Those that do not fit neatly in ‘the man box’ or embody what our society deems as ‘manliness,’ fall outside of the man box and are therefore condemned as not being ‘real men.’ Evidencing traits that fall outside of the man box are seen as ‘violations’ due to manliness being policed through the lens of homophobia and misogyny. These ‘violations’ are characteristics that are seen as less than favourable for men and boys to have. Examples of these violations range from being sensitive and in touch with one’s emotions, to being shorter and skinnier in stature, to not being heterosexual or having an abundance of material possessions and sexual conquests.

Perceptions of being a class clown, stealing, breaking rules, excessive drinking or partying, aggression towards girls and women, sweet-hearting and accepting the statement that ‘boys will be boys,’ are some of the falsehoods about males that are maintained and nurtured by society.

“Boys won’t be boys. Boys will be what we teach them to be. What we teach boys – is what becomes our men,” said Thompson.

For better engagement with males, ‘motivational interviewing’ is important. It is an evidence-based preferred style that elicits behaviour change by helping youth to explore and resolve ambivalence. When a boy feels accepted for who he is and what he does – no matter how unhealthy or detrimental, it allows them the freedom to consider change rather than needing to defend against it.

In motivational interviewing, apply the acronym – R.U.L.E. for successful interaction and outcome:

R Resist telling them what to do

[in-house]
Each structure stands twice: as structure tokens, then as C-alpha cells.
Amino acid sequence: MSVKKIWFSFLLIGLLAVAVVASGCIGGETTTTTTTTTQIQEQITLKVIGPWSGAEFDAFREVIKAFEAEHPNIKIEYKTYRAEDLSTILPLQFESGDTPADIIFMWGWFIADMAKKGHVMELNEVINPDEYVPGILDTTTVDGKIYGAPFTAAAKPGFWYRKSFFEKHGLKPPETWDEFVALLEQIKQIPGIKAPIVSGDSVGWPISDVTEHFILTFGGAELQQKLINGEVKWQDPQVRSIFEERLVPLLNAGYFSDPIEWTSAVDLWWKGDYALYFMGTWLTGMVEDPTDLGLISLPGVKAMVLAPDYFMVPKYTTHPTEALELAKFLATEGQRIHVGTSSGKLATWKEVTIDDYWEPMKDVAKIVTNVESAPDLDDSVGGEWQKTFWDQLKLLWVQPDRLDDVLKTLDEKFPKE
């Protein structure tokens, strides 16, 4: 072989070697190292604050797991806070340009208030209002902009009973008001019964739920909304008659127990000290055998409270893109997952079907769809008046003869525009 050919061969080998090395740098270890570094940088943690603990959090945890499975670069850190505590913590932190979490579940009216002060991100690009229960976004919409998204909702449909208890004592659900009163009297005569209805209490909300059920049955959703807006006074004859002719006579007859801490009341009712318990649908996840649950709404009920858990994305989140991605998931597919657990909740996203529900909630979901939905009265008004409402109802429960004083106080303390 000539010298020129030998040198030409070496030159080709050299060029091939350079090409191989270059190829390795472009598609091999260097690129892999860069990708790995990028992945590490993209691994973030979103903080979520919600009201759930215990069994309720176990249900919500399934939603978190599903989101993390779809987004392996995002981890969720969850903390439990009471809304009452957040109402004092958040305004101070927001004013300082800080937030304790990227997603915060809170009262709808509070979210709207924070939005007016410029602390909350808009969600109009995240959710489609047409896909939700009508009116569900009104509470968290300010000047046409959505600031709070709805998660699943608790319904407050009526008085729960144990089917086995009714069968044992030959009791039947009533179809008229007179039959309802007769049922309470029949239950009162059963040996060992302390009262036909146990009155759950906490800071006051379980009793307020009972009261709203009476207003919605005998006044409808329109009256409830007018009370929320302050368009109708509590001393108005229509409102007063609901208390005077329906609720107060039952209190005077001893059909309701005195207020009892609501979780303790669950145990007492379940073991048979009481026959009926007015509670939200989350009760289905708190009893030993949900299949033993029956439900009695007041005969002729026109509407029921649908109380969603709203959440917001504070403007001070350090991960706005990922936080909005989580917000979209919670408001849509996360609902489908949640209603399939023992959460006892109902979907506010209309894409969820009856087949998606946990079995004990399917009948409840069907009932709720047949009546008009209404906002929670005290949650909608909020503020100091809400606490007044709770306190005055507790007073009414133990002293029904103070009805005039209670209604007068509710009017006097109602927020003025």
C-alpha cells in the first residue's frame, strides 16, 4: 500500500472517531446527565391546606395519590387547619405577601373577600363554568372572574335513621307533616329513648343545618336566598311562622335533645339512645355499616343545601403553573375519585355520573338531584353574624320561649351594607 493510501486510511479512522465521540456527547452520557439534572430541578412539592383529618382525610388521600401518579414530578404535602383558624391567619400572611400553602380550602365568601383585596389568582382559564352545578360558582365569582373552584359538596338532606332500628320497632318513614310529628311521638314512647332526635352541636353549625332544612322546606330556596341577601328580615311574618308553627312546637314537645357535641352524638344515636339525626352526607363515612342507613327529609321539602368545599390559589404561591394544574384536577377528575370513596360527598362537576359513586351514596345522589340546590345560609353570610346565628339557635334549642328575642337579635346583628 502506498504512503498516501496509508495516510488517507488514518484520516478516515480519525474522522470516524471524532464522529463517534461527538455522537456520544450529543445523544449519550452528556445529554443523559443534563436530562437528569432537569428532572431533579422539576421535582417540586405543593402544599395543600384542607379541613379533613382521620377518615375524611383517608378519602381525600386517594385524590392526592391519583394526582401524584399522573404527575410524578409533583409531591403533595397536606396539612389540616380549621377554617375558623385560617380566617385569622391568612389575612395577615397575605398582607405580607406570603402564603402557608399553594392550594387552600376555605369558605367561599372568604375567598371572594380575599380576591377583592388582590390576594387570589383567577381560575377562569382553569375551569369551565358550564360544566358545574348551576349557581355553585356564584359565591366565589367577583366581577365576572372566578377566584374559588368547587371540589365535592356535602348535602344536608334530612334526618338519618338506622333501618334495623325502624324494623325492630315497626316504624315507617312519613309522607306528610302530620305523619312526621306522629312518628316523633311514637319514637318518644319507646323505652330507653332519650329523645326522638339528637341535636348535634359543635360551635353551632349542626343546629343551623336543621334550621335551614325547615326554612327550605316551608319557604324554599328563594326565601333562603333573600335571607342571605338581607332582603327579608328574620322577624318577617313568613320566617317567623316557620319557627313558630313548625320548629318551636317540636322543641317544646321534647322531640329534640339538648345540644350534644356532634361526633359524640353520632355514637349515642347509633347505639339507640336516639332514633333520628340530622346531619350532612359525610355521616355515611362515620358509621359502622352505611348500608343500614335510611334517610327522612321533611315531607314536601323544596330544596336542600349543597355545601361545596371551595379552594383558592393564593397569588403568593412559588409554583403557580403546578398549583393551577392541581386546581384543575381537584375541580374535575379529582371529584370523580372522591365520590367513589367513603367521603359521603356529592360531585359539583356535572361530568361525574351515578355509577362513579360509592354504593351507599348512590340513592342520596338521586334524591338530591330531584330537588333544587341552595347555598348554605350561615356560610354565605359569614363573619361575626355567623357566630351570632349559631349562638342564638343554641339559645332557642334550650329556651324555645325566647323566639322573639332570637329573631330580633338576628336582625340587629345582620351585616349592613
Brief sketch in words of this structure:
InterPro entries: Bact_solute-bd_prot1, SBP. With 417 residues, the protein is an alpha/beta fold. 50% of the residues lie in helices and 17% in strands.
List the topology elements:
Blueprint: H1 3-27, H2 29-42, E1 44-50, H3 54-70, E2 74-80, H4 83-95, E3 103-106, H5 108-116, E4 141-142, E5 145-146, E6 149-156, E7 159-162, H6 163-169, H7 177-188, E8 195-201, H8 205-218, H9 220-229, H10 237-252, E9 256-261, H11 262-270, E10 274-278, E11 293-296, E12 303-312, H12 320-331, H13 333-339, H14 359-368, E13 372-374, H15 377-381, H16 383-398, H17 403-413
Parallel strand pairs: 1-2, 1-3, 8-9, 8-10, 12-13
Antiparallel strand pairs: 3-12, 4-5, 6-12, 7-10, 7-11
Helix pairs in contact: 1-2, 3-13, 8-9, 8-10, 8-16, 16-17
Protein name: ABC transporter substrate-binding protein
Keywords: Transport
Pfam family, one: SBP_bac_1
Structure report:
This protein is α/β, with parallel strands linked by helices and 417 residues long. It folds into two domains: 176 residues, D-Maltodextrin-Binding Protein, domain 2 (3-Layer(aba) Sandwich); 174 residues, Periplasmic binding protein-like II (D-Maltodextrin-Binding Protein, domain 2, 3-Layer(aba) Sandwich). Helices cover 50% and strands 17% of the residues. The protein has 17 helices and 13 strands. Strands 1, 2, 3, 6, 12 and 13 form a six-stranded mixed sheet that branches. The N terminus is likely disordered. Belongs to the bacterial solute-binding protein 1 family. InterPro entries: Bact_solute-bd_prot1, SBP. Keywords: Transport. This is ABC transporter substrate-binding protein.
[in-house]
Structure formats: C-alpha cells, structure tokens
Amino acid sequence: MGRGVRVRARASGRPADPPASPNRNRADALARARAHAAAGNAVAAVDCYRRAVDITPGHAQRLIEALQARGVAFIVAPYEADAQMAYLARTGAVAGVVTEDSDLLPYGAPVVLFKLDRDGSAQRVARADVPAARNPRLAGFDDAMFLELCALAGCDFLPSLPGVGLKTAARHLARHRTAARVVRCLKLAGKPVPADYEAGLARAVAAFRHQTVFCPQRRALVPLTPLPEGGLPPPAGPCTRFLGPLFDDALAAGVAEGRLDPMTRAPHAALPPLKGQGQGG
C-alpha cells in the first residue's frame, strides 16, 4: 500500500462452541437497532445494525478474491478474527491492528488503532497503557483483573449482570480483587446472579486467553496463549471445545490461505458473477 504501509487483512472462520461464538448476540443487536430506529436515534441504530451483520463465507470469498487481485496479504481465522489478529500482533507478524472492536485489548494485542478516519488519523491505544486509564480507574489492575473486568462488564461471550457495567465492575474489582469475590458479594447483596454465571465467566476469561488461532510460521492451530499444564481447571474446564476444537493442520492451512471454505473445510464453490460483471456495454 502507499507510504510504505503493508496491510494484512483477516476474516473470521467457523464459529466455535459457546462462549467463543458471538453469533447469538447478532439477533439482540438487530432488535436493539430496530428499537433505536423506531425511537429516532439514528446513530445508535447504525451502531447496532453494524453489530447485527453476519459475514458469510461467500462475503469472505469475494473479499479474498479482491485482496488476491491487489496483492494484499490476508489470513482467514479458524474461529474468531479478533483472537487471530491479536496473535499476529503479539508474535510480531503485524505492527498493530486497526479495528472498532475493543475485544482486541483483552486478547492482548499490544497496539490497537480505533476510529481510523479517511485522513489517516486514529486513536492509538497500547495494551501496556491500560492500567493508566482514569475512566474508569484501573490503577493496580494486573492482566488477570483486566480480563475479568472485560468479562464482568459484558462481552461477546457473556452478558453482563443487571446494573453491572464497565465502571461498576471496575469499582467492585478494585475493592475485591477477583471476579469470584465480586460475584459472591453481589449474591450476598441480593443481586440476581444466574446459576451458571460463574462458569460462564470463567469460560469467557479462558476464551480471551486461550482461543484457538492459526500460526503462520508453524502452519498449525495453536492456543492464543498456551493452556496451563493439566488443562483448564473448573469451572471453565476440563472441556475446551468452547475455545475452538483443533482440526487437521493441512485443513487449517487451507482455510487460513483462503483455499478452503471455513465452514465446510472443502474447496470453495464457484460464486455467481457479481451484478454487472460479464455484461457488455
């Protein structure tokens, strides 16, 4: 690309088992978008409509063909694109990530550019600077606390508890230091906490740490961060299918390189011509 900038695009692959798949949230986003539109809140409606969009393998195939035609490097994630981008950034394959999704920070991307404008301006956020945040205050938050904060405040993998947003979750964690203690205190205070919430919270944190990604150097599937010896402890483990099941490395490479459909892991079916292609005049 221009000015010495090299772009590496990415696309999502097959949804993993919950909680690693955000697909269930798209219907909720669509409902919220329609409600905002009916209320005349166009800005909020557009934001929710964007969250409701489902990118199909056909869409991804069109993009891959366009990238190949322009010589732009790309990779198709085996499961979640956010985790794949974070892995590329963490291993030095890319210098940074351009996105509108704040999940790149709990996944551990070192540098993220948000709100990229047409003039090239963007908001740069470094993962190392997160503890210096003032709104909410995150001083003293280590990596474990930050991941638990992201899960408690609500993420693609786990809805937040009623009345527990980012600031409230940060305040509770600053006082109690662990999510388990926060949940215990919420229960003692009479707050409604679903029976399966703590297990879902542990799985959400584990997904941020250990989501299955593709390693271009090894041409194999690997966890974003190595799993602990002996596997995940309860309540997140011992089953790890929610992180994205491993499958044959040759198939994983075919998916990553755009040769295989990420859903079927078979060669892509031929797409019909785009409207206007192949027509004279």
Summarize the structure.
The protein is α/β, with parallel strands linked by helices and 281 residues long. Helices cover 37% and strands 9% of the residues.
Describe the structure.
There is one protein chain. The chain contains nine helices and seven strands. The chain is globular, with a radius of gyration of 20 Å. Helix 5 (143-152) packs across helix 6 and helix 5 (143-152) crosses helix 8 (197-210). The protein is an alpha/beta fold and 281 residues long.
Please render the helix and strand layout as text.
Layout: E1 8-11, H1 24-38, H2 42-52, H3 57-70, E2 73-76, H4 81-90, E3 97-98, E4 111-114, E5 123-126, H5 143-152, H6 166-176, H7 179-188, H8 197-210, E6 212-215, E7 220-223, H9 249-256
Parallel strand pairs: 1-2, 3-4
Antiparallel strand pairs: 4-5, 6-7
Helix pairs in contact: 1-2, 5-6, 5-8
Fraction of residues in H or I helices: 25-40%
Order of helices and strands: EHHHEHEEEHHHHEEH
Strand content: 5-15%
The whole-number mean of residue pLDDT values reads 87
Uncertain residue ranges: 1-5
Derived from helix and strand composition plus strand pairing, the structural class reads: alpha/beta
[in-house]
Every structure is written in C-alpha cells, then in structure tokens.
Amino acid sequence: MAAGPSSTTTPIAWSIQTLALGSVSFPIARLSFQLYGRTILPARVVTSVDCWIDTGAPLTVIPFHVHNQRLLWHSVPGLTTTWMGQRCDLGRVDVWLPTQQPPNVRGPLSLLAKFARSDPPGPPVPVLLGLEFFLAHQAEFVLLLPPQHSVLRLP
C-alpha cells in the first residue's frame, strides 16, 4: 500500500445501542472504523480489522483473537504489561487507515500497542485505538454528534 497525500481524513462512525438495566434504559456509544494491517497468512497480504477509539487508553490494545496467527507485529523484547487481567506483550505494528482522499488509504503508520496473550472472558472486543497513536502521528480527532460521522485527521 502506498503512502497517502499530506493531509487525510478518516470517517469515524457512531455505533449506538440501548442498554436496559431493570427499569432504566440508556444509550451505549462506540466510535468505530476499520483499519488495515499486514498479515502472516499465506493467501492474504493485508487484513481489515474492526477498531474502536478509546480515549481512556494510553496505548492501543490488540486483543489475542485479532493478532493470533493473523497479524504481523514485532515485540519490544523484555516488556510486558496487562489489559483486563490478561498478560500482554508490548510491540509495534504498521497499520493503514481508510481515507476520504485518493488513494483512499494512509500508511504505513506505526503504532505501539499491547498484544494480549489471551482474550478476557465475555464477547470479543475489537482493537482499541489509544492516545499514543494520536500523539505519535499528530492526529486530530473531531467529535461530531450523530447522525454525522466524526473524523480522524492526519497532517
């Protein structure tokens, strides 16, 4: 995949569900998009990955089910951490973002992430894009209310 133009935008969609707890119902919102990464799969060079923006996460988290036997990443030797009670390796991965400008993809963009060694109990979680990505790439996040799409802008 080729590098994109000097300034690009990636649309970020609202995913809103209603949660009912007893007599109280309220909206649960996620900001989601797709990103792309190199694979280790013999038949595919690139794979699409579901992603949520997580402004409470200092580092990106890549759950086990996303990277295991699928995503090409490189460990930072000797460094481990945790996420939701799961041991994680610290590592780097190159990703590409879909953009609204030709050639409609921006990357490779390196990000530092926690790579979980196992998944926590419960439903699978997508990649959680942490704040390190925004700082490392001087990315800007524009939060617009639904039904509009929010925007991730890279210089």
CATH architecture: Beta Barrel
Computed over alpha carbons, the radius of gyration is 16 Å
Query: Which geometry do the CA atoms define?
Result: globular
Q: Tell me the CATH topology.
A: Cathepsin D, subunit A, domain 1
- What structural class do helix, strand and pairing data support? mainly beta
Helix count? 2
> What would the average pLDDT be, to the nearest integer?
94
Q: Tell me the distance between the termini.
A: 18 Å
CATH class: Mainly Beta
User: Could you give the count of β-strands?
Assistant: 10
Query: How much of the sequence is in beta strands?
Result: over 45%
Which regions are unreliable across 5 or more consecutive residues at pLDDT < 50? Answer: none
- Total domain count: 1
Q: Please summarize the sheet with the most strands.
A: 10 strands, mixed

U Understand their motivations 

L Listen with empathy
E Empower them

Be sure to use open-ended questions, affirmations, reflective listening, summarizations, empathy, collaboration, compassion and acceptance.

Some resistance traps and things to avoid: Question and answer scenarios; taking sides, offering a personal story to encourage doing something the way you did; being an expert on their life; giving opinions as fact; labelling the youth and not the behaviour; using scare tactics; pouncing; information overload, and forcing someone to create and act on a plan for change.

Using assertive communication and listening allows both parties to be seen, heard, valued and respected. Focus is on the problem and not the individual. Problem-solving and direct statements are made, and listening is key. (Dr Niambi Hall Campbell-Dean and HeìleÌne de Jong – Character Day Bahamas workshop 1). Men and women have different communication styles therefore understanding how to communicate effectively is important.